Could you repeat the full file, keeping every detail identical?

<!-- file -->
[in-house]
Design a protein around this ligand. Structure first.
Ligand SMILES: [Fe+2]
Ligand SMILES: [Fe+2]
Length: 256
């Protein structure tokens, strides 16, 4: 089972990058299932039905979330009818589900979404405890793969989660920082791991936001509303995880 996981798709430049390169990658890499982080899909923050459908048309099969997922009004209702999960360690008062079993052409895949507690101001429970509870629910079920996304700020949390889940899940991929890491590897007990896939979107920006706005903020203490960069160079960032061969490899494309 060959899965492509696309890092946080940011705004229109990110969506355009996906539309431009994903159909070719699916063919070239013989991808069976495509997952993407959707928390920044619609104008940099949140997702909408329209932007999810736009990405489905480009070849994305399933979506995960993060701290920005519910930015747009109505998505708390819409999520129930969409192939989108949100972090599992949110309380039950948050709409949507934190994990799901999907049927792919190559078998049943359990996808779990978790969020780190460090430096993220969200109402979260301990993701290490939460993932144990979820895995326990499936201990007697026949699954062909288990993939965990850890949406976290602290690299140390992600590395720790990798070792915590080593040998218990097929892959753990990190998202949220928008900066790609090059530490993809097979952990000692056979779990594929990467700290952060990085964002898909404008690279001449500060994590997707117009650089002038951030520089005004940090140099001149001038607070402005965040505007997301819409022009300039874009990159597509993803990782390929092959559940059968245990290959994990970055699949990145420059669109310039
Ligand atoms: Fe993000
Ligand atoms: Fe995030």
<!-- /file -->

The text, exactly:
[in-house]
Design a protein around this ligand. Structure first.
Ligand SMILES: [Fe+2]
Ligand SMILES: [Fe+2]
Length: 256
């Protein structure tokens, strides 16, 4: 089972990058299932039905979330009818589900979404405890793969989660920082791991936001509303995880 996981798709430049390169990658890499982080899909923050459908048309099969997922009004209702999960360690008062079993052409895949507690101001429970509870629910079920996304700020949390889940899940991929890491590897007990896939979107920006706005903020203490960069160079960032061969490899494309 060959899965492509696309890092946080940011705004229109990110969506355009996906539309431009994903159909070719699916063919070239013989991808069976495509997952993407959707928390920044619609104008940099949140997702909408329209932007999810736009990405489905480009070849994305399933979506995960993060701290920005519910930015747009109505998505708390819409999520129930969409192939989108949100972090599992949110309380039950948050709409949507934190994990799901999907049927792919190559078998049943359990996808779990978790969020780190460090430096993220969200109402979260301990993701290490939460993932144990979820895995326990499936201990007697026949699954062909288990993939965990850890949406976290602290690299140390992600590395720790990798070792915590080593040998218990097929892959753990990190998202949220928008900066790609090059530490993809097979952990000692056979779990594929990467700290952060990085964002898909404008690279001449500060994590997707117009650089002038951030520089005004940090140099001149001038607070402005965040505007997301819409022009300039874009990159597509993803990782390929092959559940059968245990290959994990970055699949990145420059669109310039
Ligand atoms: Fe993000
Ligand atoms: Fe995030």